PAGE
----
Here, listen to the man, not the spin.

Nothing here that troubles me in the least, nor is there anything extra-legal. Too often our leadership has forgotten that the primary purpose of the US Government is to defend and support the United States. Trump seems to understand that.

Soon we will speak here of the people he has asked to join him in the government, while some would not be my choices, they look to me like a very strong team. In fact, they echo the old canard, “First-rate men hire the best men they can find, second-rate men hire third-rate men, and third-rate men hire lackeys who tell them what they want to hear. More to come on this, and soon.

 

Trumphalist Friday

Ok, I’ve been serious long enough, let’s just relax, and reflect on what we’ve done this year, nothing less (I think) than end America’s twin dynasties. Wait till we really get going!

 

 

 

I said in my post-election article that America leads again. I think it will be so, as the European elections come, freedom is again on the agenda, and again put there by the Anglo-Saxons as the Europeans call us, or if you prefer the British and Americans. It won’t win everywhere, but it now has a chance, and that is enough. And there is this:

I Watched Donald Trump Blow A Hole Through The European Elite’s Minds

I work in the former industrial heartland of America in operations management for an iconic American brand owned now by a multinational, European-headquartered company. About a year ago, we were informed that our plant and city would host the yearly operations conference and achievement awards for the division to which we belong.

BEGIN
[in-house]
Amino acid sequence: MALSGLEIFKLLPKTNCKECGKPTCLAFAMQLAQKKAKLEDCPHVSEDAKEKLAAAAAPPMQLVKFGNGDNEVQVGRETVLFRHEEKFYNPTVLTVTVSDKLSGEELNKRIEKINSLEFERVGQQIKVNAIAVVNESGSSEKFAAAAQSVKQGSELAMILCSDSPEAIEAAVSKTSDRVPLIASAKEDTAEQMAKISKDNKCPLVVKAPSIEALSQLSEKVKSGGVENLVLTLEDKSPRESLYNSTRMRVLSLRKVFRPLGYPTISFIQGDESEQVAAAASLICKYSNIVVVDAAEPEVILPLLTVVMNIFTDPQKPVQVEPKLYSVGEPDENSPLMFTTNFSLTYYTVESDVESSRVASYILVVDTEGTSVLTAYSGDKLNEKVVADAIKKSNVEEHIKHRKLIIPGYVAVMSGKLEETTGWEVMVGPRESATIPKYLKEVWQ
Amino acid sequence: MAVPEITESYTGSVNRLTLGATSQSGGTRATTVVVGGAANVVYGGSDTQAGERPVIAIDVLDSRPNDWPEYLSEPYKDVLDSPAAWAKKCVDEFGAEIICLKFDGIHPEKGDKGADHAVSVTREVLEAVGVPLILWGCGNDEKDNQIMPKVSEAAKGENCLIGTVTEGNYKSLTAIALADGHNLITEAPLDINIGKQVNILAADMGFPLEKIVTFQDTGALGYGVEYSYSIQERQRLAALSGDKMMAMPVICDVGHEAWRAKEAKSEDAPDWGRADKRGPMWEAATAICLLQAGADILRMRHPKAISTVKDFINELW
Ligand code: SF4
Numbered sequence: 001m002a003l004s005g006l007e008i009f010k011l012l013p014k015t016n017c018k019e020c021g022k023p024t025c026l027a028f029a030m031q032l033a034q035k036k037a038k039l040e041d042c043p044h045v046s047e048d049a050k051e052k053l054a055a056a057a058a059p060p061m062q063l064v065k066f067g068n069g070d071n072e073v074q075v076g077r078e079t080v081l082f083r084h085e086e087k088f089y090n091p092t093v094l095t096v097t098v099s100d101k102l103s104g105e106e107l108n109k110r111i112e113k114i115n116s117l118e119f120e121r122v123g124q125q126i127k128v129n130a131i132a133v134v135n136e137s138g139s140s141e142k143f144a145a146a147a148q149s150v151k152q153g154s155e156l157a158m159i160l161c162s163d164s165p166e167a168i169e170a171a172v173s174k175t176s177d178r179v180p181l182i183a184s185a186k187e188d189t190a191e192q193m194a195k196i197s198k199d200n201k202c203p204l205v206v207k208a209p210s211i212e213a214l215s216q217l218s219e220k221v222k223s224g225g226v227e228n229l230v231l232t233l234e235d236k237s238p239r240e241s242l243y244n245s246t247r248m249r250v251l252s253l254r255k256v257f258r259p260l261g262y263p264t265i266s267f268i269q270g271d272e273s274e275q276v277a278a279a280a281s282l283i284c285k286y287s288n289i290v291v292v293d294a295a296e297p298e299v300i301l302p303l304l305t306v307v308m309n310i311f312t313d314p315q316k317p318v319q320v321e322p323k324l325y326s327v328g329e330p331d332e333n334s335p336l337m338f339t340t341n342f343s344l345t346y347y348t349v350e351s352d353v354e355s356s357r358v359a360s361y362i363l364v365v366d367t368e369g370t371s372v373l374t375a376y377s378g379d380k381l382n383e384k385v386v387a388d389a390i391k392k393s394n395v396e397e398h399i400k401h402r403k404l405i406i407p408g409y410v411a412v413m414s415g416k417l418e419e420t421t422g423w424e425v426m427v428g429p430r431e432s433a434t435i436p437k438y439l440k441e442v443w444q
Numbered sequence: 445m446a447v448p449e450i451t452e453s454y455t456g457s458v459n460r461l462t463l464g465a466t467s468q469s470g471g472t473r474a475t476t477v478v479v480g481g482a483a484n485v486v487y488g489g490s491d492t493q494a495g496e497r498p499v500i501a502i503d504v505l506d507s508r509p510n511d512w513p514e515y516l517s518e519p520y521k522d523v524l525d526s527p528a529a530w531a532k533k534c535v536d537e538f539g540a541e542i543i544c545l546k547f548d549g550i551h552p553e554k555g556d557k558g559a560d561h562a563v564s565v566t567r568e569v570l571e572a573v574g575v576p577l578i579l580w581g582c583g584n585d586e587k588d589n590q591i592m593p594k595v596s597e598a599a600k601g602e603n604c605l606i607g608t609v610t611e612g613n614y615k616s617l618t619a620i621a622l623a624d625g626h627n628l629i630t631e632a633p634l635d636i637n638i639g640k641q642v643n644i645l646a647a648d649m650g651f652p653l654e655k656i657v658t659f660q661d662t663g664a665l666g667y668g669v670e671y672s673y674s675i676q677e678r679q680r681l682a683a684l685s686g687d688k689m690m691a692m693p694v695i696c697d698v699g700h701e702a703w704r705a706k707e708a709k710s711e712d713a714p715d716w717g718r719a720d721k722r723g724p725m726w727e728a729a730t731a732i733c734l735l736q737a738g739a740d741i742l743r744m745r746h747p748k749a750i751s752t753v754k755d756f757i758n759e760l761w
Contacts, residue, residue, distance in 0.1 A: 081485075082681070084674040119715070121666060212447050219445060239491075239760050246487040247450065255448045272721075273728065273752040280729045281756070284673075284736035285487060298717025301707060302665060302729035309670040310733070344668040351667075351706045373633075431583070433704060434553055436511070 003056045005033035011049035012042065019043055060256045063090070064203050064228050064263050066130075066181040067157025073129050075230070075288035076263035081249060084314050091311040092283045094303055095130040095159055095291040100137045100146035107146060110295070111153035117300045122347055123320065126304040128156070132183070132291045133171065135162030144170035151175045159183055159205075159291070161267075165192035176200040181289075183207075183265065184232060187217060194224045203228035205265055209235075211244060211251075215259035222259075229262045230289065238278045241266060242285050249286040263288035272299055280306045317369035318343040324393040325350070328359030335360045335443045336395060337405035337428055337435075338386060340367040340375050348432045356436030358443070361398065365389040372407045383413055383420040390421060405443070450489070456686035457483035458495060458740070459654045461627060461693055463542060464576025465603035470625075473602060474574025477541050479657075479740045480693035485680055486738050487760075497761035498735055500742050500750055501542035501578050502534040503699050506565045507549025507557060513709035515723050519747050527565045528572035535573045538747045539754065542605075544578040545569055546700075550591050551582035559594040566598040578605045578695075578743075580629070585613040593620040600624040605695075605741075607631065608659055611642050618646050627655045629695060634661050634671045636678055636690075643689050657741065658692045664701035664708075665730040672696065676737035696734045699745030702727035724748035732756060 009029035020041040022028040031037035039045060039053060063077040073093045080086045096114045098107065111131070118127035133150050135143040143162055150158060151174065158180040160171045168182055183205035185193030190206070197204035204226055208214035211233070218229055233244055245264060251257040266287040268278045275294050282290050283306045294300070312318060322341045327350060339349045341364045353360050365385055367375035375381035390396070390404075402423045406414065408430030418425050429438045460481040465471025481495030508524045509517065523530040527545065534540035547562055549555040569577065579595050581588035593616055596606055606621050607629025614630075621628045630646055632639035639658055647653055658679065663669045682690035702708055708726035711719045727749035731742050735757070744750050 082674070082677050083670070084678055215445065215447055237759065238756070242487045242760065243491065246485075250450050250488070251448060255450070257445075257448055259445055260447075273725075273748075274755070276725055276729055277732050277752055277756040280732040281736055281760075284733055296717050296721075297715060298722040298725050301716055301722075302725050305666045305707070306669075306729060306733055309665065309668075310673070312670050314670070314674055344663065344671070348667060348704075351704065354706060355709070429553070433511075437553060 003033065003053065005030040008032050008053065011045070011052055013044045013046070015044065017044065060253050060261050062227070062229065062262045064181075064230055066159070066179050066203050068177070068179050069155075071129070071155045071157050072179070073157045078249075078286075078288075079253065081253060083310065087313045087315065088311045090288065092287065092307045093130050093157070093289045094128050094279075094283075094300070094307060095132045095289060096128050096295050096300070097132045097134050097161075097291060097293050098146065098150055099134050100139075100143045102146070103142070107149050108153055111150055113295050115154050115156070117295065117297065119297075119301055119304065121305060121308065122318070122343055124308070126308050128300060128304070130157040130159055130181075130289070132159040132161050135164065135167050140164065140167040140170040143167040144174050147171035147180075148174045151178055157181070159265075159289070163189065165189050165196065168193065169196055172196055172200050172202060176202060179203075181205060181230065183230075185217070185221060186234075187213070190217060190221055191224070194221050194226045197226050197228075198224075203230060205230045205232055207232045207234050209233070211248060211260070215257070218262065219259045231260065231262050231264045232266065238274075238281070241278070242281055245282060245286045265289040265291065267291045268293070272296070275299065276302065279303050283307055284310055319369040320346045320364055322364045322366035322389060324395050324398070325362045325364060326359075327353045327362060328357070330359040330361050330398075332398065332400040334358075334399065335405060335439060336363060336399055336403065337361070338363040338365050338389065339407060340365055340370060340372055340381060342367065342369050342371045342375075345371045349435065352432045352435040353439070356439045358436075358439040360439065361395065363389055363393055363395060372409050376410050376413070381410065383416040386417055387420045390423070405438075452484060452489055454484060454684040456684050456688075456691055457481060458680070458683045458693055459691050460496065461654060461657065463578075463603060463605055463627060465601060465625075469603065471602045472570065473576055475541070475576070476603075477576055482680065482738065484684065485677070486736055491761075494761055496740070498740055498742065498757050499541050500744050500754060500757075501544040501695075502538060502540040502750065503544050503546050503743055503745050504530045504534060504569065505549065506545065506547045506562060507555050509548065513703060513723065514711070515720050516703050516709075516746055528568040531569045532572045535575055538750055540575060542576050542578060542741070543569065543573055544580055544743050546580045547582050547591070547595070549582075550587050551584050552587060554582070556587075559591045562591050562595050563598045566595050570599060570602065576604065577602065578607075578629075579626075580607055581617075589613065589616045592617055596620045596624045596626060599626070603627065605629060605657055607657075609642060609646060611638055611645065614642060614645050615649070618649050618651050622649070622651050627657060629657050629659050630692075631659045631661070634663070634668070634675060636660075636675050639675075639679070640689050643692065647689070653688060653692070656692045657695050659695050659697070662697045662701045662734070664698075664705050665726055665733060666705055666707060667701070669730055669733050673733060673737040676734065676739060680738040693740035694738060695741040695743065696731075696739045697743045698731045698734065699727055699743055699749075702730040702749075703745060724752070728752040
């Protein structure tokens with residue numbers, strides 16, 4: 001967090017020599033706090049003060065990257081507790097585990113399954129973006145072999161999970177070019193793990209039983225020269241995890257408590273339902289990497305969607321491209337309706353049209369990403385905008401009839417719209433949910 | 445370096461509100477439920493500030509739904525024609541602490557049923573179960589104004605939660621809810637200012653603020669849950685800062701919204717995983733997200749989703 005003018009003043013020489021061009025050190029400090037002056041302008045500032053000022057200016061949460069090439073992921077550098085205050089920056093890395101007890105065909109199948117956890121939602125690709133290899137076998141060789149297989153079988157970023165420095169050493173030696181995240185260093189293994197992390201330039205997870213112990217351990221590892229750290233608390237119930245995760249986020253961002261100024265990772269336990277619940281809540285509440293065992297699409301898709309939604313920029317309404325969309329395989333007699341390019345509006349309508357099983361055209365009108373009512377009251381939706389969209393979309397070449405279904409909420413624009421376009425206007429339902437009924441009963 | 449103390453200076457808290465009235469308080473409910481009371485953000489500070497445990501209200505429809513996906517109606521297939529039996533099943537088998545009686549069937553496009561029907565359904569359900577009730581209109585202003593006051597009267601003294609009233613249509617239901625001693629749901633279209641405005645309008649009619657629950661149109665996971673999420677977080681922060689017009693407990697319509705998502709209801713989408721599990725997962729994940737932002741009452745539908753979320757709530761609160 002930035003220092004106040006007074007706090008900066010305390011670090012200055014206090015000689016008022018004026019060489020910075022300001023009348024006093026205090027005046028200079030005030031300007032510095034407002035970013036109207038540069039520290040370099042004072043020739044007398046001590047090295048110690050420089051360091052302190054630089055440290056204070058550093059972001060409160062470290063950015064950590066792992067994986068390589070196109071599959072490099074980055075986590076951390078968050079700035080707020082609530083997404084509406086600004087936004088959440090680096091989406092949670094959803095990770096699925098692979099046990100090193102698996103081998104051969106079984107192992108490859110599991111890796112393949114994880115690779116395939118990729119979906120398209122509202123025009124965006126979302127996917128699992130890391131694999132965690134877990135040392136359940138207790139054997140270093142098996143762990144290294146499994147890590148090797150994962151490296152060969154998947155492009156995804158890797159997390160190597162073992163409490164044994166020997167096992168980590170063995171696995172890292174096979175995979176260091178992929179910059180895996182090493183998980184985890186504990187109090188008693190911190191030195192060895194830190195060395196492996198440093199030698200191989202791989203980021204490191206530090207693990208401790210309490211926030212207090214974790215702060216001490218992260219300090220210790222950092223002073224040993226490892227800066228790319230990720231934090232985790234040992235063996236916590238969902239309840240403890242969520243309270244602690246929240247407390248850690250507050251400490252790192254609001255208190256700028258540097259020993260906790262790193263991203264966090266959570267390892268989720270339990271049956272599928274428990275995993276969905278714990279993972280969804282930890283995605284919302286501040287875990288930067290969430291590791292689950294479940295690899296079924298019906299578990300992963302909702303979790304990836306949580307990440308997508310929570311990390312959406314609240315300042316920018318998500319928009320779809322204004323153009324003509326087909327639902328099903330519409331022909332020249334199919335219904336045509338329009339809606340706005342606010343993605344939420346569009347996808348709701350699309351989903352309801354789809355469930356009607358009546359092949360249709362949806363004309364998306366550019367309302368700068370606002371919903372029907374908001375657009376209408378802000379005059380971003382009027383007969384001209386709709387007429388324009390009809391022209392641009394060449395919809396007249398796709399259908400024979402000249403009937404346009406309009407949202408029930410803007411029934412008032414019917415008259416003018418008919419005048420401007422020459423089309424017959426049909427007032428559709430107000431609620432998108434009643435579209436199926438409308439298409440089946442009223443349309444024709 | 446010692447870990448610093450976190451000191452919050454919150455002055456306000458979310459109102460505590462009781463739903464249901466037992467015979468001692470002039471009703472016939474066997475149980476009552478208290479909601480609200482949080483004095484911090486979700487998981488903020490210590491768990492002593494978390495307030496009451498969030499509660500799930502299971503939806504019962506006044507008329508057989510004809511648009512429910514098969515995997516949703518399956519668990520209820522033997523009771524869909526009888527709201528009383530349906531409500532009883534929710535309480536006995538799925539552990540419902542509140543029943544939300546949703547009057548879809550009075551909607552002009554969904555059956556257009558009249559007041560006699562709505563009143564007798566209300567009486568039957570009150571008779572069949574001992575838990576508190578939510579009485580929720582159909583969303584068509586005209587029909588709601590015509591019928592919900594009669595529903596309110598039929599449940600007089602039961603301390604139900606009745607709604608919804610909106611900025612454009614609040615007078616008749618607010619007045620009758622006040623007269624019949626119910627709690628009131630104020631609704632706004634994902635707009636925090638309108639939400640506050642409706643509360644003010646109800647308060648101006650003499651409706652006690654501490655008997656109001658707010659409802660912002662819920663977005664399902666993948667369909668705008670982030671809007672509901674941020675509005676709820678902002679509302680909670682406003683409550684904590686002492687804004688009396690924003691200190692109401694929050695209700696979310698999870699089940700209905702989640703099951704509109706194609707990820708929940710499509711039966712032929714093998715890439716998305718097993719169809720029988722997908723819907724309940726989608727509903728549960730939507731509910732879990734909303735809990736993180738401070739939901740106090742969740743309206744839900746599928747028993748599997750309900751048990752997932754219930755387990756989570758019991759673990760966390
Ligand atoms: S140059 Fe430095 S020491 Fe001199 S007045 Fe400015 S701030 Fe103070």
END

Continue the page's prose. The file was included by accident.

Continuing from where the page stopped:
Three hundred executive-level guests from all over the world, Asia, South America, and Europe would descend upon the aging brownfield facility we had turned into a state-of-the-art manufacturing showplace. I am proud of this place, and was thrilled at the news. Just five years ago, I was down in Mexico planning the logistics for the plant that was slated to replace ours by the early 2020s. Through hard work and lean methodologies, however, we rejected that fate—and with a unionized workforce.

The world was now coming to us to figure out our recipe. There was just one problem: The conference was scheduled for November 9 and 10, 2016. I begged and pleaded with my Western European colleagues and superiors, “Can’t we do this a week earlier? A month later or earlier?” I held back on the reason for my hesitation, but finally was forced to admit it, “The U.S. presidential election is scheduled for that week—and you know politics doesn’t always make for a great backdrop.” They told me the date was impossible to move, so I threw myself into the prep work.

And I absolutely love this paragraph of the article.

Overhearing him, I got the impression he had met Trump. In his keynote speech following, he began by addressing the crowd with these words, tinged with irony and disdain: “You have all heard the results—but the sun still rose this morning.” I immediately texted my boss, with whom I shared a secret support of Trump: “And it was somehow brighter and the air smelled like freedom.”

via The Federalist

It really does. What a wonderful fortnight it has been. There’ll be problems, and setbacks, and arguments to come, but you know, I think America is back on track, and again knowing and sharing the dream.

Whittle on the Election

Yeah, I was out all day yesterday, and so got caught short. So here’s Bill Whittle on the election.